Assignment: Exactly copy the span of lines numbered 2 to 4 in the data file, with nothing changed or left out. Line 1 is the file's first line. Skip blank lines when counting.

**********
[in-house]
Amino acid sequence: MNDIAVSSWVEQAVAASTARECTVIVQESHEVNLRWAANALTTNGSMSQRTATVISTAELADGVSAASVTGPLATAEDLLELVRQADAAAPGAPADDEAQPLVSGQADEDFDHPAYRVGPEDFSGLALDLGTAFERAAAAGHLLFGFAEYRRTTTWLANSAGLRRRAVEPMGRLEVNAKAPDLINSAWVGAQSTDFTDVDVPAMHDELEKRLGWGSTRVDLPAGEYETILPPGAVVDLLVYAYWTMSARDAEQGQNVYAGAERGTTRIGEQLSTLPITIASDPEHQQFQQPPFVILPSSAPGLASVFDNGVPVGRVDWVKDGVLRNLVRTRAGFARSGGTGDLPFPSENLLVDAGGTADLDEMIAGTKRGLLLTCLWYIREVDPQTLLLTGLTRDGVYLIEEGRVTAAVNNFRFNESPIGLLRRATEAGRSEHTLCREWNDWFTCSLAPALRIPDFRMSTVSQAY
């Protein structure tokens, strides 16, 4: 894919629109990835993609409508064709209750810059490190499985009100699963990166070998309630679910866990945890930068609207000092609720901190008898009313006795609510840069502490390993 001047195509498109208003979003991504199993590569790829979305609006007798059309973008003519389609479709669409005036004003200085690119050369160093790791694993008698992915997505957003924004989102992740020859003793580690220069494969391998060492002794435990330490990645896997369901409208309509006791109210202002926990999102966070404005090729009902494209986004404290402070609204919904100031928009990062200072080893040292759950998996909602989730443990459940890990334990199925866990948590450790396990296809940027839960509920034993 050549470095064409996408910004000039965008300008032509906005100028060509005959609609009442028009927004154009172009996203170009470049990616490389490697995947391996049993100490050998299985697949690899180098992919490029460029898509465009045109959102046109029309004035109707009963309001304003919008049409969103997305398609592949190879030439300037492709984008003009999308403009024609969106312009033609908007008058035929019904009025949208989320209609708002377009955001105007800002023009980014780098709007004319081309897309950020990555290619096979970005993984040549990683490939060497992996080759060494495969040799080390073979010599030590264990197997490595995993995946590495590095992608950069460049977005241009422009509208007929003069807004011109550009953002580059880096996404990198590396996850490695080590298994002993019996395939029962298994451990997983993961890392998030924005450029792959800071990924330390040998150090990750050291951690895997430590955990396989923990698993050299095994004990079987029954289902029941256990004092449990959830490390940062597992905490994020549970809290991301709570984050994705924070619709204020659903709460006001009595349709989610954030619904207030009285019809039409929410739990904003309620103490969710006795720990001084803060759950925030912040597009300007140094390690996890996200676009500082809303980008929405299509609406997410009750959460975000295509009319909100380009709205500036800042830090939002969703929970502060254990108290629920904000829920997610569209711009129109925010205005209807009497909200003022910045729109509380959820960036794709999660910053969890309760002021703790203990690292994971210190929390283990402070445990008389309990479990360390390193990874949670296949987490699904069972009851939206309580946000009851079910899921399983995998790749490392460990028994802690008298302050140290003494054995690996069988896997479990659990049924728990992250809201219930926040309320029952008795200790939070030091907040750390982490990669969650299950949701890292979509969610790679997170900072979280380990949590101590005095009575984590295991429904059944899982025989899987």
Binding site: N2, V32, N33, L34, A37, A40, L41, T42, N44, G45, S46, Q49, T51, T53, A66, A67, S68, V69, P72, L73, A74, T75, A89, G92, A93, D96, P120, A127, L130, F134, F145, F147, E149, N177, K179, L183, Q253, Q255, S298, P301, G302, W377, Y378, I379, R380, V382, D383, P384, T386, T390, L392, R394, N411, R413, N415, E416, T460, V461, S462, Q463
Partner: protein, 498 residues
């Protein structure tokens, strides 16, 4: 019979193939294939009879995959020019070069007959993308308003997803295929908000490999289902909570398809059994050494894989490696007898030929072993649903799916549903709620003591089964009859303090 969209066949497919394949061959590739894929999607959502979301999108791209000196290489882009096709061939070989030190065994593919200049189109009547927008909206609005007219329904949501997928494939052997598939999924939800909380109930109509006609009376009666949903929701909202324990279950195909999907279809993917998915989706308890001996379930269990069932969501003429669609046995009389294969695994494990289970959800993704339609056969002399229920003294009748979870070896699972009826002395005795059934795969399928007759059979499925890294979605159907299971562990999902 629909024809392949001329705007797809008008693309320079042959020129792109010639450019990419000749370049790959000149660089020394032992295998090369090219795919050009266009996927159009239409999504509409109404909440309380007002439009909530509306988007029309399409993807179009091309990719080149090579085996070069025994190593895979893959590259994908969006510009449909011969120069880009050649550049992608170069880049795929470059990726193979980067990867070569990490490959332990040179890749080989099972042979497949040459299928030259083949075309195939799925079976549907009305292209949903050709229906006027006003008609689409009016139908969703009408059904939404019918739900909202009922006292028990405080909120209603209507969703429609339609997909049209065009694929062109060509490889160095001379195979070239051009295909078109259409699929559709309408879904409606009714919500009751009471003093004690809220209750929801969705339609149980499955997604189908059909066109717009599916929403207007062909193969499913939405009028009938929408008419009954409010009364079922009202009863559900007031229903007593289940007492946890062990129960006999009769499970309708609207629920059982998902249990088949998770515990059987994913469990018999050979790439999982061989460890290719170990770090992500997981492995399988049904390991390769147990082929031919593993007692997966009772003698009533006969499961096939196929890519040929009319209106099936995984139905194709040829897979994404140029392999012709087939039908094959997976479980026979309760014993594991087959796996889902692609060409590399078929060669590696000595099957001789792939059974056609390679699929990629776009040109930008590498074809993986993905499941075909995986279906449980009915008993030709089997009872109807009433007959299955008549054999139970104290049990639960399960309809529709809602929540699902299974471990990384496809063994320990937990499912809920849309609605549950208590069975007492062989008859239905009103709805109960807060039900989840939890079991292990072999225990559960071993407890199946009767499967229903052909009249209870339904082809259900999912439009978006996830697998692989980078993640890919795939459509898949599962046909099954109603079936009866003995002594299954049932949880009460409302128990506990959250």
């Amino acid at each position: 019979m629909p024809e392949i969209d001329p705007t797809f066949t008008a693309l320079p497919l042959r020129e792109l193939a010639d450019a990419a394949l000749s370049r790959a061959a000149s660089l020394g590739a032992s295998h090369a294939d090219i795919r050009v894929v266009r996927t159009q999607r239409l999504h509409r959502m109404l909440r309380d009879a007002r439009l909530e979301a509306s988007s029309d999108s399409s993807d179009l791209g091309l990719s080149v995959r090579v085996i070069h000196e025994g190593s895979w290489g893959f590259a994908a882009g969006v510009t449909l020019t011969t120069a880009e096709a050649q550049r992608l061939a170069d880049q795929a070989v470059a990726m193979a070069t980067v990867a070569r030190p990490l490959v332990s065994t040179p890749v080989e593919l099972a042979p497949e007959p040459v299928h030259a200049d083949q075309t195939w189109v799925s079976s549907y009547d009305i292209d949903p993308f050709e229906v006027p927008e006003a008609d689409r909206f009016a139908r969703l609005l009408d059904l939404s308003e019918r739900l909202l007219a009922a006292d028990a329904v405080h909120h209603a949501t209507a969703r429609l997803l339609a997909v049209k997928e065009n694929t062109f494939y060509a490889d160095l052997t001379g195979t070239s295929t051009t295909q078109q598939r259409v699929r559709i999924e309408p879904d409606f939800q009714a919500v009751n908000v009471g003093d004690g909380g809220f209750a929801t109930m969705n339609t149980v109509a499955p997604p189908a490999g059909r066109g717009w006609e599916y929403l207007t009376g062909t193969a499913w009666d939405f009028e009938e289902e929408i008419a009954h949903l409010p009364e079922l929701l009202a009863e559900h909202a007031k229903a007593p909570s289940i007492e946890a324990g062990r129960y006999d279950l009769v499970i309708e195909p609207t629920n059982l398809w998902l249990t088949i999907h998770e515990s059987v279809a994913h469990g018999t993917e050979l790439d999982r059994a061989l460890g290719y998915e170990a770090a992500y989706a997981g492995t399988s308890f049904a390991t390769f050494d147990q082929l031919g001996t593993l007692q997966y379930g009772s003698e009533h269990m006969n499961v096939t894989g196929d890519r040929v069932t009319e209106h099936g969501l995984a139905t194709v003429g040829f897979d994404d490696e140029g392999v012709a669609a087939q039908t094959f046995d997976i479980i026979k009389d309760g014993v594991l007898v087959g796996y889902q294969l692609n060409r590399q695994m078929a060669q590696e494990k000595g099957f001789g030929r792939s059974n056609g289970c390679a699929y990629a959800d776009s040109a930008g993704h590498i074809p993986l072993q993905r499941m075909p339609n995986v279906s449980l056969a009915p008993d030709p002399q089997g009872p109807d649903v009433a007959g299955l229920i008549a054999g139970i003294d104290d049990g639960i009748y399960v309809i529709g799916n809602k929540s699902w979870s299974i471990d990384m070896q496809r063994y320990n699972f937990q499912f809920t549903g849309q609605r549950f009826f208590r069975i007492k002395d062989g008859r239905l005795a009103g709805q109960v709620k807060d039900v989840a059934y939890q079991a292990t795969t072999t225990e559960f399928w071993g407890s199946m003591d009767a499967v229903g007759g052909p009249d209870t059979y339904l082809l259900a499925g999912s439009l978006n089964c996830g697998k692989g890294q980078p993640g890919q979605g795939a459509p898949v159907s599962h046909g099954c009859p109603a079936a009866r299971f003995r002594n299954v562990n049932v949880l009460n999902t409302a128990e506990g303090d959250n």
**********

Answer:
Amino acid sequence: MNDIAVSSWVEQAVAASTARECTVIVQESHEVNLRWAANALTTNGSMSQRTATVISTAELADGVSAASVTGPLATAEDLLELVRQADAAAPGAPADDEAQPLVSGQADEDFDHPAYRVGPEDFSGLALDLGTAFERAAAAGHLLFGFAEYRRTTTWLANSAGLRRRAVEPMGRLEVNAKAPDLINSAWVGAQSTDFTDVDVPAMHDELEKRLGWGSTRVDLPAGEYETILPPGAVVDLLVYAYWTMSARDAEQGQNVYAGAERGTTRIGEQLSTLPITIASDPEHQQFQQPPFVILPSSAPGLASVFDNGVPVGRVDWVKDGVLRNLVRTRAGFARSGGTGDLPFPSENLLVDAGGTADLDEMIAGTKRGLLLTCLWYIREVDPQTLLLTGLTRDGVYLIEEGRVTAAVNNFRFNESPIGLLRRATEAGRSEHTLCREWNDWFTCSLAPALRIPDFRMSTVSQAY
């Protein structure tokens, strides 16, 4: 894919629109990835993609409508064709209750810059490190499985009100699963990166070998309630679910866990945890930068609207000092609720901190008898009313006795609510840069502490390993 001047195509498109208003979003991504199993590569790829979305609006007798059309973008003519389609479709669409005036004003200085690119050369160093790791694993008698992915997505957003924004989102992740020859003793580690220069494969391998060492002794435990330490990645896997369901409208309509006791109210202002926990999102966070404005090729009902494209986004404290402070609204919904100031928009990062200072080893040292759950998996909602989730443990459940890990334990199925866990948590450790396990296809940027839960509920034993 050549470095064409996408910004000039965008300008032509906005100028060509005959609609009442028009927004154009172009996203170009470049990616490389490697995947391996049993100490050998299985697949690899180098992919490029460029898509465009045109959102046109029309004035109707009963309001304003919008049409969103997305398609592949190879030439300037492709984008003009999308403009024609969106312009033609908007008058035929019904009025949208989320209609708002377009955001105007800002023009980014780098709007004319081309897309950020990555290619096979970005993984040549990683490939060497992996080759060494495969040799080390073979010599030590264990197997490595995993995946590495590095992608950069460049977005241009422009509208007929003069807004011109550009953002580059880096996404990198590396996850490695080590298994002993019996395939029962298994451990997983993961890392998030924005450029792959800071990924330390040998150090990750050291951690895997430590955990396989923990698993050299095994004990079987029954289902029941256990004092449990959830490390940062597992905490994020549970809290991301709570984050994705924070619709204020659903709460006001009595349709989610954030619904207030009285019809039409929410739990904003309620103490969710006795720990001084803060759950925030912040597009300007140094390690996890996200676009500082809303980008929405299509609406997410009750959460975000295509009319909100380009709205500036800042830090939002969703929970502060254990108290629920904000829920997610569209711009129109925010205005209807009497909200003022910045729109509380959820960036794709999660910053969890309760002021703790203990690292994971210190929390283990402070445990008389309990479990360390390193990874949670296949987490699904069972009851939206309580946000009851079910899921399983995998790749490392460990028994802690008298302050140290003494054995690996069988896997479990659990049924728990992250809201219930926040309320029952008795200790939070030091907040750390982490990669969650299950949701890292979509969610790679997170900072979280380990949590101590005095009575984590295991429904059944899982025989899987």
Binding site: N2, V32, N33, L34, A37, A40, L41, T42, N44, G45, S46, Q49, T51, T53, A66, A67, S68, V69, P72, L73, A74, T75, A89, G92, A93, D96, P120, A127, L130, F134, F145, F147, E149, N177, K179, L183, Q253, Q255, S298, P301, G302, W377, Y378, I379, R380, V382, D383, P384, T386, T390, L392, R394, N411, R413, N415, E416, T460, V461, S462, Q463